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For Open Enrollment, Communications Get Social

Employers are using social media and texts to send benefits messages

A group of people looking at their cell phones.

This is the second in a series of articles on meeting fall 2018 open-enrollment challenges for 2019 benefits. The first article in this series was Online Platforms Transform Open Enrollment, and the third was Employees Seek Personalized Perks During Open Enrollment . 

Now that most of the U.S. population owns a smartphone, HR benefits managers have a new, direct way to get in touch with employees during open enrollment: social media and text messaging.

"Employers need to send creative messaging to meet the employees where they are," said Shelly McLean, a principal at benefits tech consultancy firm OneDigital Health and Benefits. She advises employers to "evolve their benefits communication plan to keep up with the times."

Social Media

"Social media presents an opportunity to reach your employees, their dependents and even future employees about benefit and wellness topics," said Kristen Struys, a senior associate in Willis Towers Watson's talent and rewards practice.

"Some people like texting, some like e-mail, and others want to see information on an app," said Peter Marcia, CEO of YouDecide, a voluntary-benefits outsourcing firm. HR can do a better job "communicating with employees where they want to see it, how they want to see it, when they should see it," he said.

Struys recently shared these six tips for using social media such as Facebook, Twitter, LinkedIn and other platforms to send reminders about open-enrollment offerings, dates and deadlines:

1. Survey your employees. Is social media right for them? Will they want to participate? And if so, via which channels?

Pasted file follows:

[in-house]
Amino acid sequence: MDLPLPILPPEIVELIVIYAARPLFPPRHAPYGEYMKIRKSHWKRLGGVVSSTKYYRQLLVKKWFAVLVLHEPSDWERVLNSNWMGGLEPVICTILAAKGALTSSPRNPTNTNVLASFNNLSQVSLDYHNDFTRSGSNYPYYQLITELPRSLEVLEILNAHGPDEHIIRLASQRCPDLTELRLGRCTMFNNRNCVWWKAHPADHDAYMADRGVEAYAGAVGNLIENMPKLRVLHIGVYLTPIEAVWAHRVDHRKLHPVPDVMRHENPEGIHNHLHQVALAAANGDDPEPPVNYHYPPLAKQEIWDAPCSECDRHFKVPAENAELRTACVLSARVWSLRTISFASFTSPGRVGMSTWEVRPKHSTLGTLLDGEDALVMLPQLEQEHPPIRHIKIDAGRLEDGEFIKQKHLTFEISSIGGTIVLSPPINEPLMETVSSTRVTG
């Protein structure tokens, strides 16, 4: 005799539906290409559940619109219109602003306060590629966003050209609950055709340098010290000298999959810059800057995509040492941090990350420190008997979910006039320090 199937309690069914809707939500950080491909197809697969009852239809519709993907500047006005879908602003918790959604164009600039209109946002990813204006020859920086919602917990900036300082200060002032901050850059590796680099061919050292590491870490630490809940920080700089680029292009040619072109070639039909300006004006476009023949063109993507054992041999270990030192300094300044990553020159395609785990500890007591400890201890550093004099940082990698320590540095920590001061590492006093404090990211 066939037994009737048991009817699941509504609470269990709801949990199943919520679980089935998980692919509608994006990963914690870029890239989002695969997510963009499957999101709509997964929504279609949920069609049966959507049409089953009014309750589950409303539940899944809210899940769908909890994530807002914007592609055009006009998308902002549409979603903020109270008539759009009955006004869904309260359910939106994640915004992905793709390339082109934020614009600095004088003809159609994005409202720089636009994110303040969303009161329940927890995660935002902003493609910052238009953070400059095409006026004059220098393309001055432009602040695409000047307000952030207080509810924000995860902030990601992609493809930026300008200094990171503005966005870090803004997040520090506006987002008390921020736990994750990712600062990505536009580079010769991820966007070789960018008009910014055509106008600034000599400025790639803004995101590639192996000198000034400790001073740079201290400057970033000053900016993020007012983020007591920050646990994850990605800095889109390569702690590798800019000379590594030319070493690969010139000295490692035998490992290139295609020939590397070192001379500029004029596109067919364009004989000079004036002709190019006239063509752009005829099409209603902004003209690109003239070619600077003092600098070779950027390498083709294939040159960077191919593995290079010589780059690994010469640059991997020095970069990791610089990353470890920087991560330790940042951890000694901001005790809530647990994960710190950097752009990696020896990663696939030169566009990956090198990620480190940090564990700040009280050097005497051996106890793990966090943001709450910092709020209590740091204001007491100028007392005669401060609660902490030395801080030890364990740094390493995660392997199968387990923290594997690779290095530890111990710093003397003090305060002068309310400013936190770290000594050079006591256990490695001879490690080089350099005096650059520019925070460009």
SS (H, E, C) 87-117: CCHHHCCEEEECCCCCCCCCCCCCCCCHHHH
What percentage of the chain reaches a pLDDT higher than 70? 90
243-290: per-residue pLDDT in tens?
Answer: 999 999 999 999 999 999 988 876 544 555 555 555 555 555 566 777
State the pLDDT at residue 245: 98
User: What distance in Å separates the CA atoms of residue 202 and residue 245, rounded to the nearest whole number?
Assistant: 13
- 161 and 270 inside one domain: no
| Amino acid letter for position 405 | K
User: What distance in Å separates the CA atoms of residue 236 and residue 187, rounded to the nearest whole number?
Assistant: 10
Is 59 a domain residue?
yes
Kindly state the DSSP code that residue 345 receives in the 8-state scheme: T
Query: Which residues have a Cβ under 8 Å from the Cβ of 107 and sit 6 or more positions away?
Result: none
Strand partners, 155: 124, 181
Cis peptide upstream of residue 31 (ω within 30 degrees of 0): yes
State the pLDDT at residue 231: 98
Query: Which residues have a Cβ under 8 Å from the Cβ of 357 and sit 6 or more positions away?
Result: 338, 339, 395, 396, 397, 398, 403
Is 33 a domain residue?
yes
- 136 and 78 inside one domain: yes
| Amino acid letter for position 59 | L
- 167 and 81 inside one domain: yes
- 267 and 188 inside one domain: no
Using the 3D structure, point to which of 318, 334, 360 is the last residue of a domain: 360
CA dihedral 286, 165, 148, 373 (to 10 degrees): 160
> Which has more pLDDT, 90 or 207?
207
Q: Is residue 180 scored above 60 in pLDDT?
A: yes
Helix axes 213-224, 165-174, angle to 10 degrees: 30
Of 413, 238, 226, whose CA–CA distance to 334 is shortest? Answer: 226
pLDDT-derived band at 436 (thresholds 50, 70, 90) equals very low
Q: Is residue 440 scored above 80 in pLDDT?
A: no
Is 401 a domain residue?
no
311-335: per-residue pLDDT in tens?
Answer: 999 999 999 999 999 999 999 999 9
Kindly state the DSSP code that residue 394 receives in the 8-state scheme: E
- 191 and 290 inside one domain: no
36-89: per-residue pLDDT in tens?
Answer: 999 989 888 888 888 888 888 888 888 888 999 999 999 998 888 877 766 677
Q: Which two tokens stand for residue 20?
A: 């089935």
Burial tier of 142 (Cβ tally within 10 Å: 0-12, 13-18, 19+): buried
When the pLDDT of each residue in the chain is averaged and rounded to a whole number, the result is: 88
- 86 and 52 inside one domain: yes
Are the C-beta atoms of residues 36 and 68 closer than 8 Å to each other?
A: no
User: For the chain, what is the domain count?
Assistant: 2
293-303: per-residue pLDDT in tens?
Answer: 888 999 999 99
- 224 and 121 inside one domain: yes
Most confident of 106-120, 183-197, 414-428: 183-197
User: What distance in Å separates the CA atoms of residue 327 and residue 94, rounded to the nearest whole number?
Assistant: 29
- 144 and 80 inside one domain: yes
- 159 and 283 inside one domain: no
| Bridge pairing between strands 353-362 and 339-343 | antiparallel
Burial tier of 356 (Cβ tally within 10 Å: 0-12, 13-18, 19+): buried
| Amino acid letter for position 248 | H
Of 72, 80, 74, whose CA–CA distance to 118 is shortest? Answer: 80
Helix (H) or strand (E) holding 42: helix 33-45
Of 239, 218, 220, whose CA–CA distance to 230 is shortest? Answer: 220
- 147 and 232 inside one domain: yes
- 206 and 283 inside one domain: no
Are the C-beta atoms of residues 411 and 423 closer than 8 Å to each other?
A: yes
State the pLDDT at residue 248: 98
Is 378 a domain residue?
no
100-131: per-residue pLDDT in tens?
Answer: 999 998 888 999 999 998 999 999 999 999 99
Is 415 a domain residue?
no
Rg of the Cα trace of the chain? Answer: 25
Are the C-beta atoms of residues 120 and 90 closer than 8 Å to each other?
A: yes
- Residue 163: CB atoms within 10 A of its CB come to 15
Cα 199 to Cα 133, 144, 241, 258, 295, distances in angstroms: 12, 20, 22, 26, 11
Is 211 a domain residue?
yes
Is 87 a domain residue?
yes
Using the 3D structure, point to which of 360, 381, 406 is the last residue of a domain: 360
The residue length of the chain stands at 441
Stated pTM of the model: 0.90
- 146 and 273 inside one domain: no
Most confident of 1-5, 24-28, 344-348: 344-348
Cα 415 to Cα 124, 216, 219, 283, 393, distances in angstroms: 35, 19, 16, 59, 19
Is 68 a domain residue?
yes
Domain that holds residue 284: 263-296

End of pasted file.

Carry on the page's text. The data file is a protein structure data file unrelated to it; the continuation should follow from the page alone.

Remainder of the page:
2. Select the platforms that make the most sense for your employees. Then create a strategy for how you'll use them, including a communications plan for rolling them out.

3. Be upfront regarding the content you'll share. Let employees know what they can expect to see on their social media feeds.

4. Craft a company social media policy that defines appropriate content and conduct. Consider placing this as a featured post or including it on your company pages. The Society for Human Resource Management makes a sample social media policy accessible to its members.

5. Consult with your legal team to draft a terms of agreement and privacy policy that communicates how the company will use any data it collects through social media. Encourage employees to read this document.

6. Gather your gatekeepers. Social platforms depend on the give and take of human interaction to be effective, so assign an HR staff member to monitor and respond to employee questions and concerns in a timely manner.

Here are a few caveats from Kim Buckey, vice president of client services at DirectPath, a provider of personalized benefits education, enrollment and health care transparency services: